This week’s events in Egypt indicate that a counterrevolution is under way by the ruling military authorities (the Supreme Council of the Armed Forces, or SCAF). A court appointed by former president Hosni Mubarak ruled that Egypt’s democratically elected parliament must be disbanded, effectively giving legislative power to the SCAF. The court also ruled that the Mubarak regime’s final prime minister, Ahmed Shafik, could remain a candidate in the presidential election currently taking place. The SCAF is also preparing a new constitutional “annex” that will define the powers of the incoming president and will set further guidelines on the composition of the assembly that will draft a new constitution. For analysis of the implications of these events for Egypt’s transition to democracy, see here and here.
From a political science standpoint, these events provide a stark reminder of the importance of institutions in determining political outcomes. Institutions are usually defined as including both the formal structures/processes and the informal rules and procedures that govern behavior. In the case of Egypt, the SCAF knows that in order to preserve its power it must control the process of institution-building and not allow the creation of institutions that will severely limit or eliminate its influence (hence its insistence on micro-managing the selection of the assembly that will draft the new constitution). The SCAF could continue to exercise power informally despite what the new constitution says–as has happened in Vladimir Putin’s Russia, for example–but relying on informal institutions in defiance of the formal ones will be politically difficult in a country gripped by revolutionary fervor and the notion that power must devolve to the people.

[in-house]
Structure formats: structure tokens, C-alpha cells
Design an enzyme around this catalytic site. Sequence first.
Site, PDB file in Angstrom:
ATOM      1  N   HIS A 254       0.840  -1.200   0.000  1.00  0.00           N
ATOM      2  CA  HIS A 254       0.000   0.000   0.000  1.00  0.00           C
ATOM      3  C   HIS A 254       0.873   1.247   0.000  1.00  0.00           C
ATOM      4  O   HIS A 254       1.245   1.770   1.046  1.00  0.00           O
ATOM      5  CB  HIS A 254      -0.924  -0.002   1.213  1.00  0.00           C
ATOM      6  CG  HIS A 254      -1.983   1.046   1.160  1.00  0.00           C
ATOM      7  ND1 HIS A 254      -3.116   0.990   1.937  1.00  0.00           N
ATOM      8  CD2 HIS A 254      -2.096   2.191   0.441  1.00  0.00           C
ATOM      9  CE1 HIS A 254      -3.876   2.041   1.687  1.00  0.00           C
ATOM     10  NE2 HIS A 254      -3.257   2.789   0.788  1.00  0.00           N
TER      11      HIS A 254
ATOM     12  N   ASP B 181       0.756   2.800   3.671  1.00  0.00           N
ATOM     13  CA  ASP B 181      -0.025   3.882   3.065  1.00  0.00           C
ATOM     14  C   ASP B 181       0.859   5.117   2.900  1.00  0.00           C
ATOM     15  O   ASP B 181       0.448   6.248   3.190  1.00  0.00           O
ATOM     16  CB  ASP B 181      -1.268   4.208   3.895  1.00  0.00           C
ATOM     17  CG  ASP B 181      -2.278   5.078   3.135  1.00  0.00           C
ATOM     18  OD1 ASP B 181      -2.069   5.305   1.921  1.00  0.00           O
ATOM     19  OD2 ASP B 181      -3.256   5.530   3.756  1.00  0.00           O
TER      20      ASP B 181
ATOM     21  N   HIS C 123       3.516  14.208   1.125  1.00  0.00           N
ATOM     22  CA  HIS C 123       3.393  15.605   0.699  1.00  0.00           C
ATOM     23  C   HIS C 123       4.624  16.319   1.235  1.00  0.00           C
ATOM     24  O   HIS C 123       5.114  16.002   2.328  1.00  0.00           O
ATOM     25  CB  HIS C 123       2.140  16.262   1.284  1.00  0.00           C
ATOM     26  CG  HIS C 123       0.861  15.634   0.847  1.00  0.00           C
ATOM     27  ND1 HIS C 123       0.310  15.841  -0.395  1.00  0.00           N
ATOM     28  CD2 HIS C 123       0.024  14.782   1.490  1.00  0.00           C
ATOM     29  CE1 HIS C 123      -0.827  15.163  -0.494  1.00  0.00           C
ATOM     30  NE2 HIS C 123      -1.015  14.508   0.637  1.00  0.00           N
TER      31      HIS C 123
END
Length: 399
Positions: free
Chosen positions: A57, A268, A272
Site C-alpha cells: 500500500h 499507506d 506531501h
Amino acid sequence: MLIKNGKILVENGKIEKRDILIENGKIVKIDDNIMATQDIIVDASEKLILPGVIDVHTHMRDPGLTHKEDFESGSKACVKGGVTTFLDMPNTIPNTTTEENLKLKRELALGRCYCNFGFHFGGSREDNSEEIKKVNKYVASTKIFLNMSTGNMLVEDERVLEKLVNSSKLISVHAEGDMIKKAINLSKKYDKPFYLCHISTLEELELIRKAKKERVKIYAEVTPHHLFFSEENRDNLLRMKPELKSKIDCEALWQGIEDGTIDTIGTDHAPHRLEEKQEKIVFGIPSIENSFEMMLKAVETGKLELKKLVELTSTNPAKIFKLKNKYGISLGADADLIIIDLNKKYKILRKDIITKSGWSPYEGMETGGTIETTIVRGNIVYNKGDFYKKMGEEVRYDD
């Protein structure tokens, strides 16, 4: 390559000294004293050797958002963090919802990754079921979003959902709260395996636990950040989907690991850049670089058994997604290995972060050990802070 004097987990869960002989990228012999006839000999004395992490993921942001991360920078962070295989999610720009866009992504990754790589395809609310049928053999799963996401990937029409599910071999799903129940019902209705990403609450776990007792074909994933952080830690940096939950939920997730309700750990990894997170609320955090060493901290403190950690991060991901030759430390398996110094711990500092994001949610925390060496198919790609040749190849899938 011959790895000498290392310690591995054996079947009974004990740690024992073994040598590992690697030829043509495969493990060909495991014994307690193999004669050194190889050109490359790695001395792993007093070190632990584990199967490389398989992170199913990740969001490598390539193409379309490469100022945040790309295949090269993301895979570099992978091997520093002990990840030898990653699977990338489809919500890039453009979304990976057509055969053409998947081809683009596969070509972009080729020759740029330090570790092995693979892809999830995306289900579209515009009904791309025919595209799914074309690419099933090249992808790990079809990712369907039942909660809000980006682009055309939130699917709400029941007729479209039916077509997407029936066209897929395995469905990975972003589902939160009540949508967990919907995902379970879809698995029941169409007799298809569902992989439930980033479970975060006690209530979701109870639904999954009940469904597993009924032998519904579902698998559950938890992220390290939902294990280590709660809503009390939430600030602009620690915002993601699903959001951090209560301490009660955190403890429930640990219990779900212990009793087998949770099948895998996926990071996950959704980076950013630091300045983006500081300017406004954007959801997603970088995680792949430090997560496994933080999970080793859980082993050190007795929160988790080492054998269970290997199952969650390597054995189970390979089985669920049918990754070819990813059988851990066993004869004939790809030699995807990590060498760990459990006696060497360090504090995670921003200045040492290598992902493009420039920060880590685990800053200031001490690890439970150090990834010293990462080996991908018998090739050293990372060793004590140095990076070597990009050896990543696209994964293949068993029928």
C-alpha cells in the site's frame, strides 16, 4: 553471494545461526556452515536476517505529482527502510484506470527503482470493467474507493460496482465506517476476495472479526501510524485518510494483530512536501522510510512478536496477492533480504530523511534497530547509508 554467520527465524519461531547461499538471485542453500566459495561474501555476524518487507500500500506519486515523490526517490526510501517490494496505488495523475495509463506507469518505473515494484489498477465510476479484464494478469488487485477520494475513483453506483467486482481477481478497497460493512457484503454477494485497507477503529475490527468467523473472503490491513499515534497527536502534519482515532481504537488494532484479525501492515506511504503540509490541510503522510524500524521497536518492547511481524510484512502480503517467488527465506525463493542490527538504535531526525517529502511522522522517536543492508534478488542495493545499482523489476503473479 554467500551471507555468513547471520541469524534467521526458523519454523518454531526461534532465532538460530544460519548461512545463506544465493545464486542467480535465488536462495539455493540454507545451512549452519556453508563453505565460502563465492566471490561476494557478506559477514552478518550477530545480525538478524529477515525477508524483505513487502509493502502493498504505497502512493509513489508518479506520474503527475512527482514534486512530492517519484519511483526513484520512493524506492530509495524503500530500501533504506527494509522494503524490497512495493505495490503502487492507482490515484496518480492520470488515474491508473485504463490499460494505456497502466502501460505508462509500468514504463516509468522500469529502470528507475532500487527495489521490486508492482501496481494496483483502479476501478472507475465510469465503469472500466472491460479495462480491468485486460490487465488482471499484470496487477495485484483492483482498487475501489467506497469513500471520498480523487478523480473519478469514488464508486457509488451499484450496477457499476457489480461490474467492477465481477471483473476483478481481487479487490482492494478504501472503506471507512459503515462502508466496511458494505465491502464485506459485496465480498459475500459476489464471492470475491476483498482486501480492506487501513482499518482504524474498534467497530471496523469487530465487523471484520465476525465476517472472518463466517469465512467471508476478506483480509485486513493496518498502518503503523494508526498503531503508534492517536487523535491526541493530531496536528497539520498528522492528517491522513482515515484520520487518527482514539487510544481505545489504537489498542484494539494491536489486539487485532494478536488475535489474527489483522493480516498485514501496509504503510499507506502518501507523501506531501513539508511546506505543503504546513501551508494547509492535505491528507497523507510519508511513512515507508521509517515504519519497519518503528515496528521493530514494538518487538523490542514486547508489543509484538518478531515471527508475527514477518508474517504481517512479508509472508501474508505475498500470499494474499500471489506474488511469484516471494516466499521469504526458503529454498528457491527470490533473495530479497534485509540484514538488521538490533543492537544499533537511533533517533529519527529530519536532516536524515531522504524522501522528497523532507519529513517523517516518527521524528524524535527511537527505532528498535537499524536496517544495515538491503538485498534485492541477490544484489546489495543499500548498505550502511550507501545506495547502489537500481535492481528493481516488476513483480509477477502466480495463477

Institutions are worth fighting over because they play a major role in determining who wins specific political battles. They determine the rules of the game, the cast of legitimate players, and the “victory conditions.” For example, executives in presidential systems (like France and the U.S.) are less constrained in certain ways by their legislatures than are prime ministers in parliamentary systems. And as comparative politics scholars have noted, certain voting rules (proportional representation systems) allow small parties a chance to be represented, while other rules (“first-past-the-post”) tend to produce two large, powerful parties while stifling minority parties.
What do you think? Will SCAF succeed in its attempted counterrevolution by creating favorable institutions? Or are these measures the last grasping efforts of a dying regime that will inevitably fall to an empowered public that will create new institutions of its own? (Take the poll below to voice your opinion on the future of democracy in Egypt).